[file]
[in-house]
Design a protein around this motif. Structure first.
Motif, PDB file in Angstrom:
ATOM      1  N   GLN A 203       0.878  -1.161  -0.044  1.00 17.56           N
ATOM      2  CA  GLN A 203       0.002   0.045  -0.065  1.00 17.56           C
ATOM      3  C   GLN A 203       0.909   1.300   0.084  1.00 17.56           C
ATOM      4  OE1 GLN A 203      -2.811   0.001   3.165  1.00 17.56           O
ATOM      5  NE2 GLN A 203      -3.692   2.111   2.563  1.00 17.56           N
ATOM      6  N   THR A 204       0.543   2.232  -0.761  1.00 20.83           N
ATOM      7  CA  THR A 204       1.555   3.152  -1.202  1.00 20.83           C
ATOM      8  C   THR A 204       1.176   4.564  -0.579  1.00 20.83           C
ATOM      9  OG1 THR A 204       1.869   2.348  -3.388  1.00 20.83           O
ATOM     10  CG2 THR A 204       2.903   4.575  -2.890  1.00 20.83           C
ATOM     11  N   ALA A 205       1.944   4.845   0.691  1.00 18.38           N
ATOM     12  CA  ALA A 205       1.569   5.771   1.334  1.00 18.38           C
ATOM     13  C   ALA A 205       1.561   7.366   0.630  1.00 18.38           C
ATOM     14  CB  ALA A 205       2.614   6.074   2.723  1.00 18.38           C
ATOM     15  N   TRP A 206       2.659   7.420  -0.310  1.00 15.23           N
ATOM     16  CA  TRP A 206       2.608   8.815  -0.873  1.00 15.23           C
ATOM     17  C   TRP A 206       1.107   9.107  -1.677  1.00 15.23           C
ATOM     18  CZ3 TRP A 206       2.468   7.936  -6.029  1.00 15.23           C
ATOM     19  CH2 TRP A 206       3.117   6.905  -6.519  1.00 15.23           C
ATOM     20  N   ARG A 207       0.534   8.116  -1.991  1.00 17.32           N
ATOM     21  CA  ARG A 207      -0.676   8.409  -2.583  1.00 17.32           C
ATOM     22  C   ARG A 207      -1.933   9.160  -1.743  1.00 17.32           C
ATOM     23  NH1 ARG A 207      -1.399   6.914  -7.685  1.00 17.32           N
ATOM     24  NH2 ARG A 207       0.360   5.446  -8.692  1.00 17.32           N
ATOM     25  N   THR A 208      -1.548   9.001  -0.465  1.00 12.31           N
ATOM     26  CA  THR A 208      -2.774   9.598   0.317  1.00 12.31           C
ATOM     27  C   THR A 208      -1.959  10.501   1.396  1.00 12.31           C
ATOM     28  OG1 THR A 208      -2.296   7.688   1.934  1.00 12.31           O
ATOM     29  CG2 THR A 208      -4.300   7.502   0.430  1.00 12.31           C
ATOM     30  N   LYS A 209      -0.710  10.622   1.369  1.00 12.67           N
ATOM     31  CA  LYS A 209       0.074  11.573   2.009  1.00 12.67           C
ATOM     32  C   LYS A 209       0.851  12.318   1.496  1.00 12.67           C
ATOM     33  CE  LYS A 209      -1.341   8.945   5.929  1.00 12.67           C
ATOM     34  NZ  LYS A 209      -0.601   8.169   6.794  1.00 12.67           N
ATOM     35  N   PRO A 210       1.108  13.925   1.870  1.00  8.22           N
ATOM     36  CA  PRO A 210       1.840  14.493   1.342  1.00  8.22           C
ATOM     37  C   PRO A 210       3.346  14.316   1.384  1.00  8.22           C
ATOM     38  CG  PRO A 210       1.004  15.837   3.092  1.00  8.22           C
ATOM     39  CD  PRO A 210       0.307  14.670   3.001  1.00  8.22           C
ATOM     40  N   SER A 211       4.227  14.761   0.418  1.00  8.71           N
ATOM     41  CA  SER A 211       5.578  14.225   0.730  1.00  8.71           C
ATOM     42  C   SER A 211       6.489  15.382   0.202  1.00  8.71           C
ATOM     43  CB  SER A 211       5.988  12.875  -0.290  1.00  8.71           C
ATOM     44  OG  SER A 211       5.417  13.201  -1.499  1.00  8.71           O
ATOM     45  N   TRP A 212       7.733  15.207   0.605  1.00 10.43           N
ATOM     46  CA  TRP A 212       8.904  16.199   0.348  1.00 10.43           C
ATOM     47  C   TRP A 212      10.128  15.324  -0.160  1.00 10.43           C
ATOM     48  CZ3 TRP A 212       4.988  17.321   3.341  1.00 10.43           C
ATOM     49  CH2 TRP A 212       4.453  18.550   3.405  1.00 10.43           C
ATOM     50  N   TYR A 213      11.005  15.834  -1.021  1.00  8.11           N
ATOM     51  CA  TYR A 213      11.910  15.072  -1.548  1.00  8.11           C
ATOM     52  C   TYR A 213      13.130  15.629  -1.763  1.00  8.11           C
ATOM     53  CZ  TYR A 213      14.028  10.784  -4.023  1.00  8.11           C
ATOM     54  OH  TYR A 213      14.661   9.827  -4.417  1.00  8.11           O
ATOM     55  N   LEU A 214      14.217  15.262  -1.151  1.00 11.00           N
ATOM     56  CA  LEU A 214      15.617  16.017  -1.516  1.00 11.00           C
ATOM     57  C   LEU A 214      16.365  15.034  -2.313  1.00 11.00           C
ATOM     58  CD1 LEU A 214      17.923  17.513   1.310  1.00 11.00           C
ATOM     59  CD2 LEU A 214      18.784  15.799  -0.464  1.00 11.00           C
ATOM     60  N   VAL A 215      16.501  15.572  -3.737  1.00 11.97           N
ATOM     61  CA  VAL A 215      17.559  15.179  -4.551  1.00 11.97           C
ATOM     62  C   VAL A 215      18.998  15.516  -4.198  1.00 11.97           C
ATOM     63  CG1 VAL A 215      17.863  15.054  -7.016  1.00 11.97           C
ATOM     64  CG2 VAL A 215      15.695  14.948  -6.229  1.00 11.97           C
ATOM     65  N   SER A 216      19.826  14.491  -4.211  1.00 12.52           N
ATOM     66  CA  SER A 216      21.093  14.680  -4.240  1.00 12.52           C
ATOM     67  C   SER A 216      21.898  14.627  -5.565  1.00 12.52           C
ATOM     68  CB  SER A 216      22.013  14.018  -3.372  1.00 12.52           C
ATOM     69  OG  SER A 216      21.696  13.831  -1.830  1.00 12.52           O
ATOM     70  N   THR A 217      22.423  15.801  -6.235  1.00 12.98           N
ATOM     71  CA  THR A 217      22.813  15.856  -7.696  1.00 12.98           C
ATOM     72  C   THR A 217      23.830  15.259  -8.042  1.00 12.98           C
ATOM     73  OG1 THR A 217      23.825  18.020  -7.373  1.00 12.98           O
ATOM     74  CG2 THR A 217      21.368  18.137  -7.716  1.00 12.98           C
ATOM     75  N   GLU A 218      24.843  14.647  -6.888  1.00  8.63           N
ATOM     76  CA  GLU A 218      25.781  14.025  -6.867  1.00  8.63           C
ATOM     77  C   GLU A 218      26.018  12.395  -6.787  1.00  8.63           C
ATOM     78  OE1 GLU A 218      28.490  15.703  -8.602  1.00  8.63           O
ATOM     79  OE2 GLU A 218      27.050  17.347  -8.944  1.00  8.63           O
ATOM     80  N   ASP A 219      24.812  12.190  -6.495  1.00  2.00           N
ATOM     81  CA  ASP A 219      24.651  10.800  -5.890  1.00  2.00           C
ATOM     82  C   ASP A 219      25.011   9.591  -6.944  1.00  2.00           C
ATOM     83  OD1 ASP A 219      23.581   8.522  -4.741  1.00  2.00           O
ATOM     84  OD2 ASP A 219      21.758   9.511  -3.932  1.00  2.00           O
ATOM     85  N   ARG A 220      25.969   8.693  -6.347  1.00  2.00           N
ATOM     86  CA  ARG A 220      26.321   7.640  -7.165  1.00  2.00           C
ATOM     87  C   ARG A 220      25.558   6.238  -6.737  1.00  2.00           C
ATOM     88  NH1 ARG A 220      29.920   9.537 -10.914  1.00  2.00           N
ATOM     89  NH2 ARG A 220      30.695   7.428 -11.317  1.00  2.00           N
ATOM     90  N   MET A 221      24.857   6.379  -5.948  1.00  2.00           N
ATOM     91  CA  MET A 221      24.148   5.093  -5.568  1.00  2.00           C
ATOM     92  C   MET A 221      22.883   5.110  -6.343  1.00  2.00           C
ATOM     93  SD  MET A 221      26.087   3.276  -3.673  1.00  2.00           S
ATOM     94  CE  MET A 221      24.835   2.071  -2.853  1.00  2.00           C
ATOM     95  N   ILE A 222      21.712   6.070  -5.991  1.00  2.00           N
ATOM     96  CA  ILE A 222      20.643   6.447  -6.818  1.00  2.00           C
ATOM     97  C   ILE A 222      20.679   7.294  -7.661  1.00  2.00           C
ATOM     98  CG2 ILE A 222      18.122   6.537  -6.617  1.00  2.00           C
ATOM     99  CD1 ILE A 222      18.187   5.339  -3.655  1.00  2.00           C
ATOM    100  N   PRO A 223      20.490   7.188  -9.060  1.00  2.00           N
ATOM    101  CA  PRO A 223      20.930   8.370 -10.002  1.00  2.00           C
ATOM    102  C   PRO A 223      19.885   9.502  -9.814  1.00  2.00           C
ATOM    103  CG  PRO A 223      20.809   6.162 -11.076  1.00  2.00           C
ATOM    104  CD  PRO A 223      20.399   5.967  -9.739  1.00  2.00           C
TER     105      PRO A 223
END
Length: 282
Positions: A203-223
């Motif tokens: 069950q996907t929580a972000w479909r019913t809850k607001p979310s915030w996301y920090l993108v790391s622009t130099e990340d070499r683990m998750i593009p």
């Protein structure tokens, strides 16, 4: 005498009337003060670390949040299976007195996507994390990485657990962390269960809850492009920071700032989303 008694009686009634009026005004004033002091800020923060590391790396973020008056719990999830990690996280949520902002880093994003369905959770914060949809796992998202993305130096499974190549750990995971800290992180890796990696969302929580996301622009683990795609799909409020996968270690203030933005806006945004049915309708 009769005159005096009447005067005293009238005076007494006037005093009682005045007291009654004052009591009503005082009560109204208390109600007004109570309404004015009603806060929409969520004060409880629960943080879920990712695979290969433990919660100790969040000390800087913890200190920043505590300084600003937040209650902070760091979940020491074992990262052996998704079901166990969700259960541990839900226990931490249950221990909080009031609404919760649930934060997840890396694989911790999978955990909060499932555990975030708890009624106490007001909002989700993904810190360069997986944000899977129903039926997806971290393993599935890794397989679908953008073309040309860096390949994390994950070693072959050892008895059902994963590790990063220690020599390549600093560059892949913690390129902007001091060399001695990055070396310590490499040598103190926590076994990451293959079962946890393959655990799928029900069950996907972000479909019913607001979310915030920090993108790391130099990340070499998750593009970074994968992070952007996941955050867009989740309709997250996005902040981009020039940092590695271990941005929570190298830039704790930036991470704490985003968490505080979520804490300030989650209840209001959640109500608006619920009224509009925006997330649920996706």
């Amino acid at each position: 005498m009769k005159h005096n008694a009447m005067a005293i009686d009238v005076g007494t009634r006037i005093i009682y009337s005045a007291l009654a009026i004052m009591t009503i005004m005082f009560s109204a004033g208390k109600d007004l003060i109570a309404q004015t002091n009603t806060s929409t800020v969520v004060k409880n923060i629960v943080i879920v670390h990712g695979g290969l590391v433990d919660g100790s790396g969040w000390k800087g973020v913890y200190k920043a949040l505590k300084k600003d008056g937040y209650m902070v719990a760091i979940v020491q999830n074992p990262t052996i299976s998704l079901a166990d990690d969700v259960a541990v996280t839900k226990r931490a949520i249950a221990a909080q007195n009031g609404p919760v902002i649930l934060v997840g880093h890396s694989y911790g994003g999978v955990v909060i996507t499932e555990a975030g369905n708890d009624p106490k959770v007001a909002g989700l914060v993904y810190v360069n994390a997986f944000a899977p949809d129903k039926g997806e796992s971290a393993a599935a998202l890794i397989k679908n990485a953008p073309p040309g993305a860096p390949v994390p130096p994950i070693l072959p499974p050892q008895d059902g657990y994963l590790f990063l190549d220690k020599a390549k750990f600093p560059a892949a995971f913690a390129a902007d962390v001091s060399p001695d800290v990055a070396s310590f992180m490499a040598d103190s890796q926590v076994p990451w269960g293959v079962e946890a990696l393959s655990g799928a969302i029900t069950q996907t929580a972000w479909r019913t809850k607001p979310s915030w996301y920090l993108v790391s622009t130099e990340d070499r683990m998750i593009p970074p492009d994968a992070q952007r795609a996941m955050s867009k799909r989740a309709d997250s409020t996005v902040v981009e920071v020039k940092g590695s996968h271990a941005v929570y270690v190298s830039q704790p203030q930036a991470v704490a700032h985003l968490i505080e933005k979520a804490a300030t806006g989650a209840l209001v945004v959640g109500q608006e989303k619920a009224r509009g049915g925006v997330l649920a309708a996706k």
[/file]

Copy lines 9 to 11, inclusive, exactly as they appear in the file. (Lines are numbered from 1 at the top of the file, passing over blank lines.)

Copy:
ATOM      6  N   THR A 204       0.543   2.232  -0.761  1.00 20.83           N
ATOM      7  CA  THR A 204       1.555   3.152  -1.202  1.00 20.83           C
ATOM      8  C   THR A 204       1.176   4.564  -0.579  1.00 20.83           C